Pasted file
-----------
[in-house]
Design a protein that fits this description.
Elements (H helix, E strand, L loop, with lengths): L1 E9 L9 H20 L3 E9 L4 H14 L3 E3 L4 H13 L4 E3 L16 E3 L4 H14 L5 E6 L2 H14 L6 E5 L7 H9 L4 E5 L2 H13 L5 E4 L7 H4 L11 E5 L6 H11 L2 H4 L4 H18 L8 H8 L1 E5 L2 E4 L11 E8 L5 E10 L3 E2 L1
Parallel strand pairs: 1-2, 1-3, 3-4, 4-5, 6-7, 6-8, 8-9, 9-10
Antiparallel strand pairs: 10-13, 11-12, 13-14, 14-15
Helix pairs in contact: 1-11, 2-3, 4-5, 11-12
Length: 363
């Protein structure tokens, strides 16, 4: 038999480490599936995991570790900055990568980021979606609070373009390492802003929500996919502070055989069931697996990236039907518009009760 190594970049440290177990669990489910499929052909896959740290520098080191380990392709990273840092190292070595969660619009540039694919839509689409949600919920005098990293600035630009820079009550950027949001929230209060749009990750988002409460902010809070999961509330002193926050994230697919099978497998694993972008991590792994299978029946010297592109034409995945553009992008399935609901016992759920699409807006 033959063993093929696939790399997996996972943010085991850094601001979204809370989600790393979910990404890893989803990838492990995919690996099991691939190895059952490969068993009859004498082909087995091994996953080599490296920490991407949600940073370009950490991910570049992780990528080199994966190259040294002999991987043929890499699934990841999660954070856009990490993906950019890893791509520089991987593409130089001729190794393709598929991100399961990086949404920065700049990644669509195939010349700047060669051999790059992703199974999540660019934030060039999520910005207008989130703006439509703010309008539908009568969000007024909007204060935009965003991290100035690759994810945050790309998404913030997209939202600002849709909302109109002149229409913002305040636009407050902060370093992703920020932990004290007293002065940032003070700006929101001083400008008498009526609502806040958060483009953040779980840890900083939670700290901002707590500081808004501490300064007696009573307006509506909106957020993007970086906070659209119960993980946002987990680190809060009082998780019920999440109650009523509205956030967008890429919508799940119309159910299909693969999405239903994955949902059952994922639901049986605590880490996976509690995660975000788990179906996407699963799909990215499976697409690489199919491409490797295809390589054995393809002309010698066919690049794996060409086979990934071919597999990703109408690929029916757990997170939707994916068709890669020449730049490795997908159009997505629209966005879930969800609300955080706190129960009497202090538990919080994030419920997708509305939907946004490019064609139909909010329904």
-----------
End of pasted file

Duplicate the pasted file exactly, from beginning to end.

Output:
[in-house]
Design a protein that fits this description.
Elements (H helix, E strand, L loop, with lengths): L1 E9 L9 H20 L3 E9 L4 H14 L3 E3 L4 H13 L4 E3 L16 E3 L4 H14 L5 E6 L2 H14 L6 E5 L7 H9 L4 E5 L2 H13 L5 E4 L7 H4 L11 E5 L6 H11 L2 H4 L4 H18 L8 H8 L1 E5 L2 E4 L11 E8 L5 E10 L3 E2 L1
Parallel strand pairs: 1-2, 1-3, 3-4, 4-5, 6-7, 6-8, 8-9, 9-10
Antiparallel strand pairs: 10-13, 11-12, 13-14, 14-15
Helix pairs in contact: 1-11, 2-3, 4-5, 11-12
Length: 363
């Protein structure tokens, strides 16, 4: 038999480490599936995991570790900055990568980021979606609070373009390492802003929500996919502070055989069931697996990236039907518009009760 190594970049440290177990669990489910499929052909896959740290520098080191380990392709990273840092190292070595969660619009540039694919839509689409949600919920005098990293600035630009820079009550950027949001929230209060749009990750988002409460902010809070999961509330002193926050994230697919099978497998694993972008991590792994299978029946010297592109034409995945553009992008399935609901016992759920699409807006 033959063993093929696939790399997996996972943010085991850094601001979204809370989600790393979910990404890893989803990838492990995919690996099991691939190895059952490969068993009859004498082909087995091994996953080599490296920490991407949600940073370009950490991910570049992780990528080199994966190259040294002999991987043929890499699934990841999660954070856009990490993906950019890893791509520089991987593409130089001729190794393709598929991100399961990086949404920065700049990644669509195939010349700047060669051999790059992703199974999540660019934030060039999520910005207008989130703006439509703010309008539908009568969000007024909007204060935009965003991290100035690759994810945050790309998404913030997209939202600002849709909302109109002149229409913002305040636009407050902060370093992703920020932990004290007293002065940032003070700006929101001083400008008498009526609502806040958060483009953040779980840890900083939670700290901002707590500081808004501490300064007696009573307006509506909106957020993007970086906070659209119960993980946002987990680190809060009082998780019920999440109650009523509205956030967008890429919508799940119309159910299909693969999405239903994955949902059952994922639901049986605590880490996976509690995660975000788990179906996407699963799909990215499976697409690489199919491409490797295809390589054995393809002309010698066919690049794996060409086979990934071919597999990703109408690929029916757990997170939707994916068709890669020449730049490795997908159009997505629209966005879930969800609300955080706190129960009497202090538990919080994030419920997708509305939907946004490019064609139909909010329904």